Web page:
But an even more interesting issue arises here. Mayor Heartwell, along with all the public officials in the state of Michigan, are required to take an oath of office. That oath reads as follows:
I do solemnly swear (or affirm) that I will support the Constitution of the
United States, and the Constitution of this State, and that I will faithfully perform the duties of the office of __________________ in and for the City of _________________, County of ____________ and the State of Michigan, according to the best of my ability, so help me God.
Mayor Heartwell has taken a similar oath to "support... the Constitution of this State..." Proposal 2 is an amendment to the state's constitution. The mayor is therefore looking at violating his oath and defying the state's constitution. Filing a lawsuit to try and stop a state constitutional amendment certainly cannot be defined as supporting the constitution.
Perhaps the University of Michigan's president, Mary Sue Coleman, has seen the legal light on this issue. She has decided to back off her earlier statements that she would fight Proposal 2 in court. When she addressed the university's Board of Regents this week, she didn't mention any lawsuit. In fact, she committed to working within the law:
"With last week's passage of Proposal 2, I want to again assure the campus community that we remain fully dedicated to a diverse university and that we will obey the laws of our state,'' said Coleman. "What will be essential is that all of us - students, faculty and staff and administrators - pursue all possible creative solutions to achieve diversity at the university within the boundaries of the law.''We tried to find some statistics relating to minority enrollment at the U of M to compare with minority graduation, but we were unable to find that information. However, we did find some information on how California's Proposition 209, similar to Michigan's Proposal 2, affected universities in California.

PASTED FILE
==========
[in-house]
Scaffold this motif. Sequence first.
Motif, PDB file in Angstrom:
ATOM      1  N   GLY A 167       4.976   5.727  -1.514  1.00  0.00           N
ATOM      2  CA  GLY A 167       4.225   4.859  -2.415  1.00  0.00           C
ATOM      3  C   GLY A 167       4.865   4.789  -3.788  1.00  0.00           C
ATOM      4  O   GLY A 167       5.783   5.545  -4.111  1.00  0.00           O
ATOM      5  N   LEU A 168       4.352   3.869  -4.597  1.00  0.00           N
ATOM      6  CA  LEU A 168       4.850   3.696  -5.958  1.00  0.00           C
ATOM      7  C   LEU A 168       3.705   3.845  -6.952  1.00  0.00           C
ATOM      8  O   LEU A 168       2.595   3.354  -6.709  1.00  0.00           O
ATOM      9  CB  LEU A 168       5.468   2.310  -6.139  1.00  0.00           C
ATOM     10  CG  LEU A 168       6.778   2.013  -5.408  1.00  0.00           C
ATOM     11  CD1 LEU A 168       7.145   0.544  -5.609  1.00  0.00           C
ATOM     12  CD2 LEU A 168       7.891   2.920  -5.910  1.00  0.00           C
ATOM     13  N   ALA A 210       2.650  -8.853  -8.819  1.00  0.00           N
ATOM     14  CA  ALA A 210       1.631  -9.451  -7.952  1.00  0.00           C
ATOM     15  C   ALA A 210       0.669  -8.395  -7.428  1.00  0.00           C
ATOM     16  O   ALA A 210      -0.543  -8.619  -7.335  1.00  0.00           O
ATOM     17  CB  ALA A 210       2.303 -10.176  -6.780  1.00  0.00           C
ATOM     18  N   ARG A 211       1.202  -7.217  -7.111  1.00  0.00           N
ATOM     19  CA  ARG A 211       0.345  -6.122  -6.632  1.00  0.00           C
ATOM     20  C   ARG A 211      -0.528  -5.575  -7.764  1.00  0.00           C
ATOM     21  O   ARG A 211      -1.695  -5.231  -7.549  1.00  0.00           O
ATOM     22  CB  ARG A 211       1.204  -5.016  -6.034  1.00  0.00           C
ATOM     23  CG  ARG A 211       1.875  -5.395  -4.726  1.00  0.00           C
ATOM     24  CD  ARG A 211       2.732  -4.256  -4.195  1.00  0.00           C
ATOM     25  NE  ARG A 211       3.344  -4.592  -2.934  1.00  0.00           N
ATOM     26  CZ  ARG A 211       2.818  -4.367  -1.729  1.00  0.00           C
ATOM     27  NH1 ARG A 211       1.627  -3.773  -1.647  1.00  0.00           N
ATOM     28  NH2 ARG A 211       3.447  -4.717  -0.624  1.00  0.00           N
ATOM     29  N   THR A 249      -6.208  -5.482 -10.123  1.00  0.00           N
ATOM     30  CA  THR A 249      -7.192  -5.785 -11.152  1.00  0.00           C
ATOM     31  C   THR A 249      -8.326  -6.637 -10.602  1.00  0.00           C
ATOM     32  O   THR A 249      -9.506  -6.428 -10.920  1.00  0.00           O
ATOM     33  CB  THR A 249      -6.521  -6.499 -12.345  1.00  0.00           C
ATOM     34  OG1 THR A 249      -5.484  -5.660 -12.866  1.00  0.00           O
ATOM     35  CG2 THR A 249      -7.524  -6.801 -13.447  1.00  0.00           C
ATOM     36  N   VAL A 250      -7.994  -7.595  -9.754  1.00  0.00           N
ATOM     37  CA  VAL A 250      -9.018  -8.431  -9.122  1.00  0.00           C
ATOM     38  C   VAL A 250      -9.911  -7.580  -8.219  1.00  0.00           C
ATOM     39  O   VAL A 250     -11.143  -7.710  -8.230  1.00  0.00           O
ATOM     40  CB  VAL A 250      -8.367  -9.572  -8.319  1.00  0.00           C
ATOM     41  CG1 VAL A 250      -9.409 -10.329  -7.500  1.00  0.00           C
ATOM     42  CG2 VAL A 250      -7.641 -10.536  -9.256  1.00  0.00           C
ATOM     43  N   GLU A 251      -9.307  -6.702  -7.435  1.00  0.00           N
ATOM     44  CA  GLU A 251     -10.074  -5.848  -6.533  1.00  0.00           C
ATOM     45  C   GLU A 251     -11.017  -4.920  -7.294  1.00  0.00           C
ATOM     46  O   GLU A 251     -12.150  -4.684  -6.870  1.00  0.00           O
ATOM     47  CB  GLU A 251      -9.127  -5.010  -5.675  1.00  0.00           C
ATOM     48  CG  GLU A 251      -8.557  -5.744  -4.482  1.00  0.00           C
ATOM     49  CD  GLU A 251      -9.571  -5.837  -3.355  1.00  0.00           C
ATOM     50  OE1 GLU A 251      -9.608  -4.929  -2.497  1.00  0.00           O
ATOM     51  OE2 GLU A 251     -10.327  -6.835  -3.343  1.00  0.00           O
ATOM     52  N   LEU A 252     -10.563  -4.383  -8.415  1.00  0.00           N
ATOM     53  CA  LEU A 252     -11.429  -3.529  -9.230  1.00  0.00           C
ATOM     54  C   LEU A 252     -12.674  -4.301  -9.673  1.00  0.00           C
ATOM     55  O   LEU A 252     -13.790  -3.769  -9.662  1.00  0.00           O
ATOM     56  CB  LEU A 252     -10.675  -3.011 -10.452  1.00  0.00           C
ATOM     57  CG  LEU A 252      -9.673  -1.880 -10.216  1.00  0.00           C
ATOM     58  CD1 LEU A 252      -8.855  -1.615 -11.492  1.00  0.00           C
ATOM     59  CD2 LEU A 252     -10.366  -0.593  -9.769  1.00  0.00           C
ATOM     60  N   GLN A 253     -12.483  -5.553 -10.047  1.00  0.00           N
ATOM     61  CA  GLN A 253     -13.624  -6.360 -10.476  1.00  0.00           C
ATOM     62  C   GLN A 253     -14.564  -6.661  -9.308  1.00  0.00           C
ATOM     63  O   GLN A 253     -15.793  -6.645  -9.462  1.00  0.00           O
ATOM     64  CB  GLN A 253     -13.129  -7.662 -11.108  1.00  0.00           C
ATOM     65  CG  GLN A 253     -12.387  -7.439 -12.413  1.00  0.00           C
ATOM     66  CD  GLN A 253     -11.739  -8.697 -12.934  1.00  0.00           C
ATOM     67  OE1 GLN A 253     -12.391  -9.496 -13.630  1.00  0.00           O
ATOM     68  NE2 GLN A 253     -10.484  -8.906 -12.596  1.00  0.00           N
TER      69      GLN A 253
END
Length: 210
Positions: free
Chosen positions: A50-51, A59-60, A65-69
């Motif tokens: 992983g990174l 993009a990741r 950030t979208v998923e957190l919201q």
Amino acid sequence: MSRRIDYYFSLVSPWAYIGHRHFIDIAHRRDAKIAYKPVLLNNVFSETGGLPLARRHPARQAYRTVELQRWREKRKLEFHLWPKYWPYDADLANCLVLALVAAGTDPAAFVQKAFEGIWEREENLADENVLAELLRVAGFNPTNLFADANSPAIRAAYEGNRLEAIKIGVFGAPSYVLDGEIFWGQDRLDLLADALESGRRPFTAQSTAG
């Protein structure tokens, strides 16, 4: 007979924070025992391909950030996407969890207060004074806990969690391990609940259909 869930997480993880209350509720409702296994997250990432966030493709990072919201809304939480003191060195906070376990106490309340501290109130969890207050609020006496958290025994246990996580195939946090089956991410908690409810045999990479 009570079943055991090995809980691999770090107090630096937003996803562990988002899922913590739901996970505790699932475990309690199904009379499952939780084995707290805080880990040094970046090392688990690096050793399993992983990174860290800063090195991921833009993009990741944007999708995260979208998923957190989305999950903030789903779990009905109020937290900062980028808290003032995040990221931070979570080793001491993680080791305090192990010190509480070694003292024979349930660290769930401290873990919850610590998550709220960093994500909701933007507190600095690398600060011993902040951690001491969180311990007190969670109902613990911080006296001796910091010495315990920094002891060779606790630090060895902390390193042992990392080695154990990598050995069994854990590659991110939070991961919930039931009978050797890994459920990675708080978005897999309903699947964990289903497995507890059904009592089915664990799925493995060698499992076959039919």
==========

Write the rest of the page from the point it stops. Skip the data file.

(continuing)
The interesting outcome in California appears to be an increase in the number of minorities graduating from universities. That's right, an increase. Why? Because enrolling students who would not otherwise qualify for admission to a top-tier university actually does the student a disservice. Think about it this way: if you were a B-average student and a top university admitted you based on something other than your grades, chances are you wouldn't do so well, surrounded by A-average students in a very rigorous academic environment. Students not qualified to attend a top-tier university tend to drop out in higher rates. Therefore, it does them a disservice.
By admitting students to universities largely based on academic ability, students tend to apply for and attend the university that is closer to the academic rigor level they will succeed in. Therefore, the effect of Proposition 209 is that minority students tend to apply for admission at universities at the level of rigor they are more comfortable in. Therefore, instead of dropping out due to an inability to keep up, they tend to graduate at higher levels.
The reality of minority graduation rates bear this out. Rates stayed the same both before and after the passage of Proposition 209. That is, regardless of admissions levels of minority students, graduations rates were flat.
But of course, special interests to hate to see special favors melt away will do anything they can to preserve the status quo, as our mayor is demonstrating. Never mind the fact that the city is constantly complaining about a lack of funding and funds for critical services - apparently it's more important to use our taxpayer dollars to try and overturn the vote of a majority of Michiganders.